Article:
- 1 Hong Kong Mandatory Provident Fund and 3520 Form Reporting
- 2 What is Form 3520/3520-A?
- 3 Why Would HK Mandatory Provident Fund be Reported on Forms 3520/3520-A?
- 4 Does Revenue Procedure 2020-17 Apply to HK Mandatory Provident Fund?
- 5 International Tax Amnesty Programs for HK Mandatory Provident Funds
- 6 Can I Just Start Filing Form 3520/3520-AThis Year Instead?
- 7 Our International Tax Lawyers Represent Clients Worldwide
Hong Kong Mandatory Provident Fund and 3520 Form Reporting
The Hong Kong MPF (Mandatory Provident Fund) is a hybrid between Foreign Pension and Social Security. Similar to Provident Funds in other Asian countries such as Singapore and Malaysia, the Provident Fund is a crucial part of an employee’s foreign retirement plan. It is well-established that the reporting of Mandatory Provident Fund is required on various Internal Revenue Service and FinCEN international information reporting forms such as Form 8938 (Foreign Accounts Tax Compliance) and FBAR (Foreign Bank and Financial Account Reporting Form aka FinCEN Form 114). Depending on the status of the MPF, US Person Taxpayers may also be required to report the Mandatory Provident Fund on Form 8621 (PFIC aka Passive Foreign Investment Companies) — but a key question is whether or not the HK Mandatory Provident Fund is required to be reported on Forms 3520/3520-A.
What is Form 3520/3520-A?
Forms 3520/3520-A are used to report foreign trust and gifts. When a person has an ownership interest in a foreign trust — or has received a foreign trust distribution — they are generally required to report the ownership on Forms 3520/3520-A and the distribution on Form 3520.
Why Would HK Mandatory Provident Fund be Reported on Forms 3520/3520-A?
The HK Mandatory Provident Fund is technically a retirement trust. There is an owner, beneficiary, and trustee — and while the purpose of the retirement pension is distinct from other less scrupulous offshore trusts — it would be considered a foreign trust (pension trust) nonetheless. For purposes of the MPF, the purpose of reporting the Mandatory Provident Fund would be to report ownership of the foreign trust (to the extent the beneficiary/taxpayer is imputed ownership of the assets in the MPF) and possibly distributions from the trust. Unlike the FBAR and Form 8938 — the Form 3520 and 3520-a reporting requirements are much more detailed and time-consuming.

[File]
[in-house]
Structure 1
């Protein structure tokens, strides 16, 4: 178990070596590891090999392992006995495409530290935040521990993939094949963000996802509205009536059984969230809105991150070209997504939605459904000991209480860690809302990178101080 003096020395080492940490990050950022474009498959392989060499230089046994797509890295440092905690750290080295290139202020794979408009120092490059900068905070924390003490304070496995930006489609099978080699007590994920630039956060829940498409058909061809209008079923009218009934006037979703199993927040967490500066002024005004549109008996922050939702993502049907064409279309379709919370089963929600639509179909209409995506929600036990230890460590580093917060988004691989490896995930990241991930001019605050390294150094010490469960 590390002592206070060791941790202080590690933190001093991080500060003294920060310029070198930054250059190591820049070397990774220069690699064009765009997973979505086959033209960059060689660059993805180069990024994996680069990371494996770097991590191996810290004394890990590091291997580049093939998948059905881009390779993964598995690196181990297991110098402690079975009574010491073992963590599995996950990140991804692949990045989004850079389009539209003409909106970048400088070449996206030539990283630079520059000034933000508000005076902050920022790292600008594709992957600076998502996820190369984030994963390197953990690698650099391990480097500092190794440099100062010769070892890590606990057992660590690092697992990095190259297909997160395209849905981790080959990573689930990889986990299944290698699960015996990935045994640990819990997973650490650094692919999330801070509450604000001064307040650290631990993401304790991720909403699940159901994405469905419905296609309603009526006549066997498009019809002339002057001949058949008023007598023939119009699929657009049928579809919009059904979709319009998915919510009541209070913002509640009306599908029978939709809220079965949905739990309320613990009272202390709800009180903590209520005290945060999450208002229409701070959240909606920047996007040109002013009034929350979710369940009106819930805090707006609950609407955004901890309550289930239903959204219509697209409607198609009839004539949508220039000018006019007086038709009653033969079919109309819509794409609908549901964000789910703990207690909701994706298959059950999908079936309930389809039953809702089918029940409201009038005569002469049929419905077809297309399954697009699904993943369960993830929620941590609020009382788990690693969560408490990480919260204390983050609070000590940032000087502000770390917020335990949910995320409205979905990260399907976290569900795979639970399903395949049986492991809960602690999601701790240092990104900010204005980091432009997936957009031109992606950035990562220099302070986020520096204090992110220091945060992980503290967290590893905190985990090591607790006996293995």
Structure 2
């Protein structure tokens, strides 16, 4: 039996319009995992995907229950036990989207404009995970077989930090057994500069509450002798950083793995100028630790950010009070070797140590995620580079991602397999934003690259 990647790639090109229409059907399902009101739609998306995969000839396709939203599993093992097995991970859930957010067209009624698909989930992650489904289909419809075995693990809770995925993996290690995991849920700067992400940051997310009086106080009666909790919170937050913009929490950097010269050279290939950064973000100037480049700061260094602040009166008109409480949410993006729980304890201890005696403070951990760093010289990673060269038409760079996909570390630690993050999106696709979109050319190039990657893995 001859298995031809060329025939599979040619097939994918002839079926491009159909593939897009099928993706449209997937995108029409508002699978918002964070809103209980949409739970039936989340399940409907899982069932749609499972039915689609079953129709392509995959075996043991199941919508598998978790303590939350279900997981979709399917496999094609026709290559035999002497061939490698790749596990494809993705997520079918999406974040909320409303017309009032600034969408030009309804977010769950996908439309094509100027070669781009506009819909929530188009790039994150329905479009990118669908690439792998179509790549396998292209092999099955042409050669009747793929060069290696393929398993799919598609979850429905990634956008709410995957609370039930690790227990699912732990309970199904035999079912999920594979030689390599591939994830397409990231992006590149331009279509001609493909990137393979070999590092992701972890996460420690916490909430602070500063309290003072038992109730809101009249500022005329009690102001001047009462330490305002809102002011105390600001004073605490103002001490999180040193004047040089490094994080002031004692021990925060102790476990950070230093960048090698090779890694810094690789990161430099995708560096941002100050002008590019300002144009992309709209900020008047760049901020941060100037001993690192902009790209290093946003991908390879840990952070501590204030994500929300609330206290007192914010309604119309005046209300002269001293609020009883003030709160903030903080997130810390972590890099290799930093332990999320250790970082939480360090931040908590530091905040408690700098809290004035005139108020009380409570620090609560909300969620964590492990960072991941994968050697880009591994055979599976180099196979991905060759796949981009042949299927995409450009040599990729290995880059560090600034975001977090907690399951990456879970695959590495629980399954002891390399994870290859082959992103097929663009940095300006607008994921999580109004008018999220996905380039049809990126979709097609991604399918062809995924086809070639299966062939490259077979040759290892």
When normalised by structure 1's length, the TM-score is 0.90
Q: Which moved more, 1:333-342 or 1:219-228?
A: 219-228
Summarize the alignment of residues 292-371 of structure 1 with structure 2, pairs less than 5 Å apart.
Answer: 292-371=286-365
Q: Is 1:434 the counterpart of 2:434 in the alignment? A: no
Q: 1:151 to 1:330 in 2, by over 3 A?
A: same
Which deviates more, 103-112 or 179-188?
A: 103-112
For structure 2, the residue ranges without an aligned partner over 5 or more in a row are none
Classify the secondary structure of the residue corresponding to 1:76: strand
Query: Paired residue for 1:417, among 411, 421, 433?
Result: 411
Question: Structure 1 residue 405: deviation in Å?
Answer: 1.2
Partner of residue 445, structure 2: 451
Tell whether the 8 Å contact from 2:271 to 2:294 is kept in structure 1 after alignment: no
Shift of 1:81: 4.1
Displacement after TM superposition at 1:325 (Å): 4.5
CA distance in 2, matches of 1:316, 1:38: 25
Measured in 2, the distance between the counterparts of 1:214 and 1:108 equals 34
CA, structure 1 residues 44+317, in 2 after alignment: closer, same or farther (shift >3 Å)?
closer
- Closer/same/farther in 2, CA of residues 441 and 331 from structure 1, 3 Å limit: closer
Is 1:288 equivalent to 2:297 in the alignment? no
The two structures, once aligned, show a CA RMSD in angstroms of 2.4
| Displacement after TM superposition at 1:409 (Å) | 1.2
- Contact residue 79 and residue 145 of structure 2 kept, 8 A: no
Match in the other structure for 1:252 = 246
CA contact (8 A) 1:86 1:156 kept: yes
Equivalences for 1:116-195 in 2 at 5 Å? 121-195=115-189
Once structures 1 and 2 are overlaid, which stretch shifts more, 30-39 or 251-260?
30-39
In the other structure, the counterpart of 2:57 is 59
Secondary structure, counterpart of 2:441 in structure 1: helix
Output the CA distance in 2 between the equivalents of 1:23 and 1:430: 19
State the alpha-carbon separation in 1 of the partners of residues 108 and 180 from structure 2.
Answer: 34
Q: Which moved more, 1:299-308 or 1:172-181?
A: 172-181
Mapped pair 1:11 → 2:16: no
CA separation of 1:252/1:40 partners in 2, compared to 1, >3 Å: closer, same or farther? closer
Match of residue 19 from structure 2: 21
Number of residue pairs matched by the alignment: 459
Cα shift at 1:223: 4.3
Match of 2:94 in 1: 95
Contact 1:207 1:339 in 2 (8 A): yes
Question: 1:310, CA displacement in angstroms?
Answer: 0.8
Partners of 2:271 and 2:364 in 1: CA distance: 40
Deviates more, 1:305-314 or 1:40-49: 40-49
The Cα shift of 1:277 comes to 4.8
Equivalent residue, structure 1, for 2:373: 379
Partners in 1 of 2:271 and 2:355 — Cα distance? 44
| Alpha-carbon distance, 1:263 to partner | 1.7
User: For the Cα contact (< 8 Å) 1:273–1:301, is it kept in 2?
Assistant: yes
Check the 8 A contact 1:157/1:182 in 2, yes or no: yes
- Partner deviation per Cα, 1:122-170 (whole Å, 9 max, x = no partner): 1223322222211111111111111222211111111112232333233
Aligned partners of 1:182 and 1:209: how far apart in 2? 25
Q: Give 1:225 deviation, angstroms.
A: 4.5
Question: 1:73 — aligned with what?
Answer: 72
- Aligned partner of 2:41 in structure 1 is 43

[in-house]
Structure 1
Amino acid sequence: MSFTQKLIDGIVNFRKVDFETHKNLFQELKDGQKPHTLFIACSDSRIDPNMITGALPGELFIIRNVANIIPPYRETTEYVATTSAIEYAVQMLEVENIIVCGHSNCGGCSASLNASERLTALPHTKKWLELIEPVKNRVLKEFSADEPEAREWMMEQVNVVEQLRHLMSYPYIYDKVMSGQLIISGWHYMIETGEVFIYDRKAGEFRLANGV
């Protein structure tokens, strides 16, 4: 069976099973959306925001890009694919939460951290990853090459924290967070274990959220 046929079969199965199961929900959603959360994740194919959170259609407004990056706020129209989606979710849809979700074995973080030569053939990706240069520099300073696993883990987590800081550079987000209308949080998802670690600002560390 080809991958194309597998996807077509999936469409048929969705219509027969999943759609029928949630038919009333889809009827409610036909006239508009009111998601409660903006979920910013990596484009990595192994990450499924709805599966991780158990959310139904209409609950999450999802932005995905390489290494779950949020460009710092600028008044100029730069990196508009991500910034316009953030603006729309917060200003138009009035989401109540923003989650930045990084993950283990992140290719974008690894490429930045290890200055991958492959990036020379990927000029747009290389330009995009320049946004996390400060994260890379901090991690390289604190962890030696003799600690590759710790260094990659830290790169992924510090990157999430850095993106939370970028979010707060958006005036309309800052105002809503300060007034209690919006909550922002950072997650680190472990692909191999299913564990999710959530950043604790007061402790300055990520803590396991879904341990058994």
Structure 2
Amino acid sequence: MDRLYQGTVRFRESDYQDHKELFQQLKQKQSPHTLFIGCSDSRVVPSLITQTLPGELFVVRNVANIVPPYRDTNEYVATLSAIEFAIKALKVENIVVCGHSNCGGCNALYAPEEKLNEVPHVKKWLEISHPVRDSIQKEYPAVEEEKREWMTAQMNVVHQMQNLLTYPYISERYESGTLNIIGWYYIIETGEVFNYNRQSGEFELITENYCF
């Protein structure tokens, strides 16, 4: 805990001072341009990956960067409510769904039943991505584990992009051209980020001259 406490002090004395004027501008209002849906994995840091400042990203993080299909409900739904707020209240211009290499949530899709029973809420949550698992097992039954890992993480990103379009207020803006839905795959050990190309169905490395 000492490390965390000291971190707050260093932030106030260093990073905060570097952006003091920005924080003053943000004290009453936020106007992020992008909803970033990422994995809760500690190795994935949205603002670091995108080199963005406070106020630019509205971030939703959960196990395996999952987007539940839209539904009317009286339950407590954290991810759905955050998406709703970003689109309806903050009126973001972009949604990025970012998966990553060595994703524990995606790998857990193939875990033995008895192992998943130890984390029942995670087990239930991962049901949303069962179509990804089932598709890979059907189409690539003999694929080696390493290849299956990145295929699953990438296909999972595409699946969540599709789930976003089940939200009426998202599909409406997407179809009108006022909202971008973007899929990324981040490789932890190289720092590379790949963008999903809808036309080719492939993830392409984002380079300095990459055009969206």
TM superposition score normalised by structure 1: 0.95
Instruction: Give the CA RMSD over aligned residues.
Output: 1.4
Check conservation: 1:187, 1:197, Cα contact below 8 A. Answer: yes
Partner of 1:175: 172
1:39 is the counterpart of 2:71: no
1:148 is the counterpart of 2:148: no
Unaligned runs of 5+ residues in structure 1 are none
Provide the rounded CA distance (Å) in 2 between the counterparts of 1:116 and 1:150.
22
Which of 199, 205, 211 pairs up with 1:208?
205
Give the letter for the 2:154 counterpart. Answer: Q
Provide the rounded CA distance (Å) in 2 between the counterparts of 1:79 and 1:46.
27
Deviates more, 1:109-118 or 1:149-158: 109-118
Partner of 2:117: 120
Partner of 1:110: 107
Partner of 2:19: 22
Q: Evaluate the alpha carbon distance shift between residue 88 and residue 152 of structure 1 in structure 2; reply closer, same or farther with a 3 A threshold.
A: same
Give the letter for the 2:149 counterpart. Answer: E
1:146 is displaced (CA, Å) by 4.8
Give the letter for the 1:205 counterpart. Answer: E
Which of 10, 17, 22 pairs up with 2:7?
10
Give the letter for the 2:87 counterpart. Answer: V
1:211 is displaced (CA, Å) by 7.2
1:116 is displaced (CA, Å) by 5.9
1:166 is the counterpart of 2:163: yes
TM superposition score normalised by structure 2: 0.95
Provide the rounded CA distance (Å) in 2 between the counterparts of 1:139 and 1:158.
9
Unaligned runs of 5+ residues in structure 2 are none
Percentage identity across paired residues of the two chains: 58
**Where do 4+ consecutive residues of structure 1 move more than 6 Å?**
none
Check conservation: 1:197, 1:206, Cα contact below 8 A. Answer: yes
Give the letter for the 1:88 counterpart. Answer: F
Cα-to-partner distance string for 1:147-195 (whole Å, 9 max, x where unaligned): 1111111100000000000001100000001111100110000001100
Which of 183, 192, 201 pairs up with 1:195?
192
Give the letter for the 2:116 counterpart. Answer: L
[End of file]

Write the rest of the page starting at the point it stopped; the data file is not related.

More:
Does Revenue Procedure 2020-17 Apply to HK Mandatory Provident Fund?
There is a recent revenue procedure (Rev Proc 2020-17) that exempts certain tax-deferred foreign retirement and non-retirements investments from Form 3520 and 3520-A reporting. The Revenue Procedure 2020-17 supplements the previous Rev Proc 2014-55 (which unfortunately refers specifically to Canadian RRSPs and RRIFs only). The problem with Revenue Procedure 2020-17 is that has several factors that apply to the analysis — and many of these factors are ambiguous at best. In addition, the Rev. Proc. does not identify the specific foreign retirement or other investments that it applies to. This is very important as noncompliance with Forms 3520 and 3520-A reporting can result in very steep fines and penalties.
*Rev Proc 2020-17 does not eliminate the FBAR and Form 8938 reporting requirements for HK Mandatory Provident Fund and other qualifying tax-deferred foreign investments.
International Tax Amnesty Programs for HK Mandatory Provident Funds
The International Tax Amnesty Programs are programs developed by the Internal Revenue Service to assist Taxpayers who are already out of compliance for non-reporting, including HK Mandatory Provident Funds.
Some of the more common programs include:
Can I Just Start Filing Form 3520/3520-AThis Year Instead?
No, unless the current year is the first year you had a 3520/3520-A reporting requirement. If you had a prior year reporting requirement, but only begin to start filing in the current year (Filing Forward) it is illegal. In the world of offshore disclosure, this is referred to as a Quiet Disclosure. The IRS has warned taxpayers that if they get caught in a Quiet Disclosure situation, it may lead to willful penalties and even a criminal investigation by the IRS Special Agents.
Our International Tax Lawyers Represent Clients Worldwide
Golding & Golding specializes exclusively in international tax, and specifically IRS offshore disclosure.
Contact our firm today for assistance.